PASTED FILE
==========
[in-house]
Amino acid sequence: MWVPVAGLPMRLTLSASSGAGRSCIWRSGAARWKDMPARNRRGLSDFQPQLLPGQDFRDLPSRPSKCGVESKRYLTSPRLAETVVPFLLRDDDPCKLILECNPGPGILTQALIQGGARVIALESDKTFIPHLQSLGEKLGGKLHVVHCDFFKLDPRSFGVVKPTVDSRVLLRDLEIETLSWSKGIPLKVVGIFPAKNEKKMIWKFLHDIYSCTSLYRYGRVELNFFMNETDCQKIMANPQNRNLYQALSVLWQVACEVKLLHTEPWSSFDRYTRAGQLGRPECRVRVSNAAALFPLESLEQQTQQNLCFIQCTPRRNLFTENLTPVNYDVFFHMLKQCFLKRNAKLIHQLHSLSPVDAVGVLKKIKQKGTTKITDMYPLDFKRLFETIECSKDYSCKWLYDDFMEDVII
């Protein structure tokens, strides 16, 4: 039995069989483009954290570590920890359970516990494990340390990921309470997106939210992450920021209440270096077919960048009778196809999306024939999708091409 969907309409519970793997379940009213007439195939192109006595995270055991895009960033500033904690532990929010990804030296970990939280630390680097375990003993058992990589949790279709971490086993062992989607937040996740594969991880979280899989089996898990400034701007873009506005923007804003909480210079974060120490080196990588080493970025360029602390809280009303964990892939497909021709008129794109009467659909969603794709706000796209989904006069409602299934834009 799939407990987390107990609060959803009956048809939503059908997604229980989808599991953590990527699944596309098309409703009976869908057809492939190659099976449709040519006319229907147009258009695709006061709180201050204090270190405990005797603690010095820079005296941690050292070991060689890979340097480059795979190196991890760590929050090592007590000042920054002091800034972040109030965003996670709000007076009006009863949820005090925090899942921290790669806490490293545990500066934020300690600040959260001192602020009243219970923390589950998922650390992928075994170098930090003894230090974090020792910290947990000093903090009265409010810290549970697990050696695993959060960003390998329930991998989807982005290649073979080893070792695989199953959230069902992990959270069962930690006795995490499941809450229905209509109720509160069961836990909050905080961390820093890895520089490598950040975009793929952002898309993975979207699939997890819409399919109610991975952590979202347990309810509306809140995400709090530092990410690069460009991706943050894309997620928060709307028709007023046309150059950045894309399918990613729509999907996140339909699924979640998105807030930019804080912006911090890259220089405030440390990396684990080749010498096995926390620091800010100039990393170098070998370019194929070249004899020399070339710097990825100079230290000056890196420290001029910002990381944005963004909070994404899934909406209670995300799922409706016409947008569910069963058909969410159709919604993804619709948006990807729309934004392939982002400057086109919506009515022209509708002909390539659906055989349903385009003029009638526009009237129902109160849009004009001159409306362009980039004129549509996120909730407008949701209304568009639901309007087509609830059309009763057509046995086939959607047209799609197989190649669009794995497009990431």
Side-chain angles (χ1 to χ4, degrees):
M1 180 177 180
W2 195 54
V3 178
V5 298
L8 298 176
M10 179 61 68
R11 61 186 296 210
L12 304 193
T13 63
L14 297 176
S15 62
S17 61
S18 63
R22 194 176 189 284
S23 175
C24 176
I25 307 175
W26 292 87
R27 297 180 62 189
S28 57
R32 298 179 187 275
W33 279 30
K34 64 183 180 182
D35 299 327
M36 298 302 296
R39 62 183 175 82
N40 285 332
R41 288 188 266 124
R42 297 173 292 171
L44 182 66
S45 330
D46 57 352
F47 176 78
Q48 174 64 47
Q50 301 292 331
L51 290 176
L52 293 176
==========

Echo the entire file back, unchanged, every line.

[in-house]
Amino acid sequence: MWVPVAGLPMRLTLSASSGAGRSCIWRSGAARWKDMPARNRRGLSDFQPQLLPGQDFRDLPSRPSKCGVESKRYLTSPRLAETVVPFLLRDDDPCKLILECNPGPGILTQALIQGGARVIALESDKTFIPHLQSLGEKLGGKLHVVHCDFFKLDPRSFGVVKPTVDSRVLLRDLEIETLSWSKGIPLKVVGIFPAKNEKKMIWKFLHDIYSCTSLYRYGRVELNFFMNETDCQKIMANPQNRNLYQALSVLWQVACEVKLLHTEPWSSFDRYTRAGQLGRPECRVRVSNAAALFPLESLEQQTQQNLCFIQCTPRRNLFTENLTPVNYDVFFHMLKQCFLKRNAKLIHQLHSLSPVDAVGVLKKIKQKGTTKITDMYPLDFKRLFETIECSKDYSCKWLYDDFMEDVII
């Protein structure tokens, strides 16, 4: 039995069989483009954290570590920890359970516990494990340390990921309470997106939210992450920021209440270096077919960048009778196809999306024939999708091409 969907309409519970793997379940009213007439195939192109006595995270055991895009960033500033904690532990929010990804030296970990939280630390680097375990003993058992990589949790279709971490086993062992989607937040996740594969991880979280899989089996898990400034701007873009506005923007804003909480210079974060120490080196990588080493970025360029602390809280009303964990892939497909021709008129794109009467659909969603794709706000796209989904006069409602299934834009 799939407990987390107990609060959803009956048809939503059908997604229980989808599991953590990527699944596309098309409703009976869908057809492939190659099976449709040519006319229907147009258009695709006061709180201050204090270190405990005797603690010095820079005296941690050292070991060689890979340097480059795979190196991890760590929050090592007590000042920054002091800034972040109030965003996670709000007076009006009863949820005090925090899942921290790669806490490293545990500066934020300690600040959260001192602020009243219970923390589950998922650390992928075994170098930090003894230090974090020792910290947990000093903090009265409010810290549970697990050696695993959060960003390998329930991998989807982005290649073979080893070792695989199953959230069902992990959270069962930690006795995490499941809450229905209509109720509160069961836990909050905080961390820093890895520089490598950040975009793929952002898309993975979207699939997890819409399919109610991975952590979202347990309810509306809140995400709090530092990410690069460009991706943050894309997620928060709307028709007023046309150059950045894309399918990613729509999907996140339909699924979640998105807030930019804080912006911090890259220089405030440390990396684990080749010498096995926390620091800010100039990393170098070998370019194929070249004899020399070339710097990825100079230290000056890196420290001029910002990381944005963004909070994404899934909406209670995300799922409706016409947008569910069963058909969410159709919604993804619709948006990807729309934004392939982002400057086109919506009515022209509708002909390539659906055989349903385009003029009638526009009237129902109160849009004009001159409306362009980039004129549509996120909730407008949701209304568009639901309007087509609830059309009763057509046995086939959607047209799609197989190649669009794995497009990431």
Side-chain angles (χ1 to χ4, degrees):
M1 180 177 180
W2 195 54
V3 178
V5 298
L8 298 176
M10 179 61 68
R11 61 186 296 210
L12 304 193
T13 63
L14 297 176
S15 62
S17 61
S18 63
R22 194 176 189 284
S23 175
C24 176
I25 307 175
W26 292 87
R27 297 180 62 189
S28 57
R32 298 179 187 275
W33 279 30
K34 64 183 180 182
D35 299 327
M36 298 302 296
R39 62 183 175 82
N40 285 332
R41 288 188 266 124
R42 297 173 292 171
L44 182 66
S45 330
D46 57 352
F47 176 78
Q48 174 64 47
Q50 301 292 331
L51 290 176
L52 293 176